Source: News Bharati English21 Feb 2017 12:20:47
New Delhi, February 21: The Delhi High Court directs the Internal Complaints Committee ICC constituted under the Sexual Harassment of Women at Workplace (Prevention, Prohibition and Redressal) Act, 2013, must give a exact conclusion regarding the guilt of the person involved in the incident.Justice Valmiki Mehta was hearing a petition filed by Ashok Kumar Singh against the report of Internal Complaints Committee ICC of Dayal Singh Evening College on account of complaints against him.
The petition questioned the report given by Internal Complaint Committee on two grounds. The first is that the report give by the committee only gives a prima facie conclusion of the complaints which are to be proved against the petitioner and a on the basis of it a definite conclusion is required under the Section 13(3) of the Act. The second is the petitioner was not allowed to lead evidence in support of his defense. Hence the question arises here is on what basis the report is drawn by the ICC and for all such reasons the inquiry reports are bad, violative of principles of natural justice which have to be invalidated.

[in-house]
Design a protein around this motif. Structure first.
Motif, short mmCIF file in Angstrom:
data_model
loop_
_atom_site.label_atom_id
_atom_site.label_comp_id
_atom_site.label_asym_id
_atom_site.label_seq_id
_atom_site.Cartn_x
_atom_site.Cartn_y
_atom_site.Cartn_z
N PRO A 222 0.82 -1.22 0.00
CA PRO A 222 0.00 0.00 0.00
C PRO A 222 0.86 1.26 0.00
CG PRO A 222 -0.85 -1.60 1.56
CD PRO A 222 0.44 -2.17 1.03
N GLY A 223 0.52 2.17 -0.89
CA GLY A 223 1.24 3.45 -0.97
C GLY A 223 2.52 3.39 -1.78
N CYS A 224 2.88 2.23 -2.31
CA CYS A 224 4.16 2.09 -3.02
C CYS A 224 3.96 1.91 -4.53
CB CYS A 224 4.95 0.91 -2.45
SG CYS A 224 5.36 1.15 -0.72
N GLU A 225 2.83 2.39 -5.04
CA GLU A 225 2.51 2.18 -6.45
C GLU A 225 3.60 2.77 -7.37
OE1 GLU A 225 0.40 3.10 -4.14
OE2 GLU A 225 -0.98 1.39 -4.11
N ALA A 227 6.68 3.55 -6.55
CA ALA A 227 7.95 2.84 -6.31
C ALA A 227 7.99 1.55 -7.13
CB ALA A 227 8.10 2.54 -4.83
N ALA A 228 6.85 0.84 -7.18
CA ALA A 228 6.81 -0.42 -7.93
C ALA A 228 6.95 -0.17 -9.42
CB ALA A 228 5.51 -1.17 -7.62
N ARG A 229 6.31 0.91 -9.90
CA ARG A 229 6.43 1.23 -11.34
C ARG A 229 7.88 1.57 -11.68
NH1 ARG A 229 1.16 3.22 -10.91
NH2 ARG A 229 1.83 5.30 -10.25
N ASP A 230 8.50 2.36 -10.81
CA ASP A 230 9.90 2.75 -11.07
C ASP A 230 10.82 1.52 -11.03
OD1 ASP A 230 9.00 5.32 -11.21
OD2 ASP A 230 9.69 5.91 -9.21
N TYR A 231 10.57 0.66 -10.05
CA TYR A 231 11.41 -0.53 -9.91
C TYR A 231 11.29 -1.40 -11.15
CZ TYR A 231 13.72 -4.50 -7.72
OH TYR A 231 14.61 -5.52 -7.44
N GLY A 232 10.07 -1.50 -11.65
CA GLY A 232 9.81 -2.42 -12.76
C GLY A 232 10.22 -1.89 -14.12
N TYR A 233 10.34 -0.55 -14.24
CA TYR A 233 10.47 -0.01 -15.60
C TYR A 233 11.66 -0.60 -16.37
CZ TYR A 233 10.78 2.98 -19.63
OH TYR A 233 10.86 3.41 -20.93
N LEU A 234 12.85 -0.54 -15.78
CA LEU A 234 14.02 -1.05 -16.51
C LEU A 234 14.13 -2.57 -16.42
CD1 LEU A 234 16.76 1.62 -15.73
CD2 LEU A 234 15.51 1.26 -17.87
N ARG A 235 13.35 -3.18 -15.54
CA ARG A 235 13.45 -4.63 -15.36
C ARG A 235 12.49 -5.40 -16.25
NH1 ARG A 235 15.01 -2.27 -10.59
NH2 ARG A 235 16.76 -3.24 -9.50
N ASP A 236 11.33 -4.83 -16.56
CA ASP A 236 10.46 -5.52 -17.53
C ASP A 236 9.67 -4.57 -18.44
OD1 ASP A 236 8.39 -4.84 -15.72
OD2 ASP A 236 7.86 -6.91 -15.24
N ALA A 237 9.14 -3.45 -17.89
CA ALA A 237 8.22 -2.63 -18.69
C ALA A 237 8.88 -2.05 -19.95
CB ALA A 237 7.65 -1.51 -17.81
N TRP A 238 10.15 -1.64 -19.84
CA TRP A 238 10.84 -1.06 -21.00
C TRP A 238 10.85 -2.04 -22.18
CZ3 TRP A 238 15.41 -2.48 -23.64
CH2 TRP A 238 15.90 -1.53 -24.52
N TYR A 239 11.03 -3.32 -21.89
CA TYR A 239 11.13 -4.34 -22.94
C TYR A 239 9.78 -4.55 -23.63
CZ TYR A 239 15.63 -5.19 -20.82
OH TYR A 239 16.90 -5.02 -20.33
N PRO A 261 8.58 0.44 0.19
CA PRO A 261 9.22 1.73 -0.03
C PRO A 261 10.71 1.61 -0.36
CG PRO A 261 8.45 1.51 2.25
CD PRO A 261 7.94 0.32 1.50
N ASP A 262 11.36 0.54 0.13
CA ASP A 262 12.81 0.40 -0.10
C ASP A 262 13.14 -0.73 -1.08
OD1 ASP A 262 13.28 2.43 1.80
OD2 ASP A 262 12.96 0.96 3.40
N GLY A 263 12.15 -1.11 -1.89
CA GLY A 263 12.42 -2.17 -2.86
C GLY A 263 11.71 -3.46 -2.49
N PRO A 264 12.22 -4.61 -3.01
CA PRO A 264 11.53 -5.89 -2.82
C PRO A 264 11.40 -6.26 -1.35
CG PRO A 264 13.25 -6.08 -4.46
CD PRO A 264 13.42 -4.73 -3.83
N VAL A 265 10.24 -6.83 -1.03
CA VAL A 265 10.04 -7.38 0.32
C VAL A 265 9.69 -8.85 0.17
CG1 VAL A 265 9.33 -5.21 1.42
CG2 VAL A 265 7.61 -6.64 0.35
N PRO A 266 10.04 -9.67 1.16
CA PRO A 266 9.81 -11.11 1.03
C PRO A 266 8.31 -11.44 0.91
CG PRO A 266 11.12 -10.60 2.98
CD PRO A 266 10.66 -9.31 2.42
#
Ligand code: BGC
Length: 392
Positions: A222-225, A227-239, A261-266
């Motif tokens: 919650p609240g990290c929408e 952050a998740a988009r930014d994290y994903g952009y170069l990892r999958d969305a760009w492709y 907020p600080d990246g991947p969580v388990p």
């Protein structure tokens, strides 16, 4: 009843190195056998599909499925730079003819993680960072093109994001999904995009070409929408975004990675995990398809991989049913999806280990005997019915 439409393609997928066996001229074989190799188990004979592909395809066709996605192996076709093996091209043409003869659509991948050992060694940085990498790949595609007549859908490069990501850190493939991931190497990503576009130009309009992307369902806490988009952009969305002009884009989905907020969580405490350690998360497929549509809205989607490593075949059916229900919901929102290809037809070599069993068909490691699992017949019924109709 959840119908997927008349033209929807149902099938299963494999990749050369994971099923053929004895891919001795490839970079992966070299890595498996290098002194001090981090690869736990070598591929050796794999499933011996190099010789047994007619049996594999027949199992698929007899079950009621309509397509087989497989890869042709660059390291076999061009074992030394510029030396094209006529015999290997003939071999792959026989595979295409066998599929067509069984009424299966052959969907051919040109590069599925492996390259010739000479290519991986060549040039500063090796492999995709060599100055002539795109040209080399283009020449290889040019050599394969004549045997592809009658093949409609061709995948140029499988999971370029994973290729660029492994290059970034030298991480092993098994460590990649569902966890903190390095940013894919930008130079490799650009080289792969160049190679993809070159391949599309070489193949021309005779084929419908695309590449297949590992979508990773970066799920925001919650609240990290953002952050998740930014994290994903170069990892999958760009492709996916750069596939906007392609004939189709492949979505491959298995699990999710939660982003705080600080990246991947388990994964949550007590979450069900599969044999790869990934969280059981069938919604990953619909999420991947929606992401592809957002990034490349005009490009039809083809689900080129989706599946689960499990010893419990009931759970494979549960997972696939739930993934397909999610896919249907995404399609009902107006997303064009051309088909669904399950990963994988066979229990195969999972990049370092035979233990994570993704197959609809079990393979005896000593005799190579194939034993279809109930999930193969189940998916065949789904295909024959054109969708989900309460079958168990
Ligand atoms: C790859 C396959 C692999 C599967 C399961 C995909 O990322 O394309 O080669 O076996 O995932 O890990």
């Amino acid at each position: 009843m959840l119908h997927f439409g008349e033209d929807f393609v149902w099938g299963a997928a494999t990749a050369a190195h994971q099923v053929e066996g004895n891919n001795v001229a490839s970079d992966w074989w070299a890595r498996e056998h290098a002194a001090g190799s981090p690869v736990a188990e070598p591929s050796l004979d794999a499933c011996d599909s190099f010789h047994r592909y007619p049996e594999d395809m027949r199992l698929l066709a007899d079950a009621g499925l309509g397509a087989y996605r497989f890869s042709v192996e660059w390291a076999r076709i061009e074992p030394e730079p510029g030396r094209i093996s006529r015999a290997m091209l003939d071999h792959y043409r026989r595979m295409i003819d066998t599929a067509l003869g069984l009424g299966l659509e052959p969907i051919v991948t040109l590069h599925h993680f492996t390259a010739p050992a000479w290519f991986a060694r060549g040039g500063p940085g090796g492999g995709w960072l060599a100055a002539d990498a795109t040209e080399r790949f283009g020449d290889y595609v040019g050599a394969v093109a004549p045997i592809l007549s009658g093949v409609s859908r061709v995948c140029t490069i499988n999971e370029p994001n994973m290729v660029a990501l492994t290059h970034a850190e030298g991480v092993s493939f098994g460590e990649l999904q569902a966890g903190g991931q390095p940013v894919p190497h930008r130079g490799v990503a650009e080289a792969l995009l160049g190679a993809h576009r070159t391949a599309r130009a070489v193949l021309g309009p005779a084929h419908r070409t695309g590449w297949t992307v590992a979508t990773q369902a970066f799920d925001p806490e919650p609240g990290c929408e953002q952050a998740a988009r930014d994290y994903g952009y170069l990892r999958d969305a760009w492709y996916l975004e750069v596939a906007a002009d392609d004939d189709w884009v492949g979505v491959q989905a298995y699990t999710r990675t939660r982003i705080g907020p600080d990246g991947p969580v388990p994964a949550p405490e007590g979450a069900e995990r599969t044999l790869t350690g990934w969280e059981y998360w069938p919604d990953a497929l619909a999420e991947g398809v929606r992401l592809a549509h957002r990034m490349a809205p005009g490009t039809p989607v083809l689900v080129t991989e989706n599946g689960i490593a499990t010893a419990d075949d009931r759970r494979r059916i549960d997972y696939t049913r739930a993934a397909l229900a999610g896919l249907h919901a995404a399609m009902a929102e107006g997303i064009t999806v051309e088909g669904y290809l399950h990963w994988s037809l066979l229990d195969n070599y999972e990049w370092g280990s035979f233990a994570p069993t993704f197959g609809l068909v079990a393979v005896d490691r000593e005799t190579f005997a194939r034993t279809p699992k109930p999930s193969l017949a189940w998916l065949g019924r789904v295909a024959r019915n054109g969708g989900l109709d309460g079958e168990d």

The bench after considering the reports reached the following findings:
- ICC holds ‘prima facie’ i.e the conclusions are not final but only prima facie conclusions.
- There is no final conclusion or a definitive conclusion of guilt being found of the petitioner for what he is charged for.
The court observed that Section 13(1) of the Act uses the expression ‘findings’ and sub-section (3) of the Act uses the expressions ‘conclusion’ and ‘has been proved’.
Hence the findings of the ICC must give exact or specific conclusion and should report the facts alleged in the complaint that have been proved against the guilty person, being the petitioner in the present case. Considering the reports in the present case along with findings a definitive conclusion was mandatory to prove the guilt of the petitioner for being indicted. Here no definitive conclusion is found of guilt of the petitioner nor it is found that ICC reports has proved the facts as stated in complaints against petitioner.
Justice Mehta said that the operative portions of the reports, therefore, being in violation of sub- section (3) of Section 13 of the Act are liable to be set aside, and accordingly, set aside. The Court said that “though a fresh report will have to be given by the ICC, but ICC is at complete liberty to rely upon and arrive at the same conclusions in terms of reasoning and discussion given in reports dated 30.6.2015 and 12.2.2016, if the ICC so wants to do so.
Following is the judgement given in detailed manner: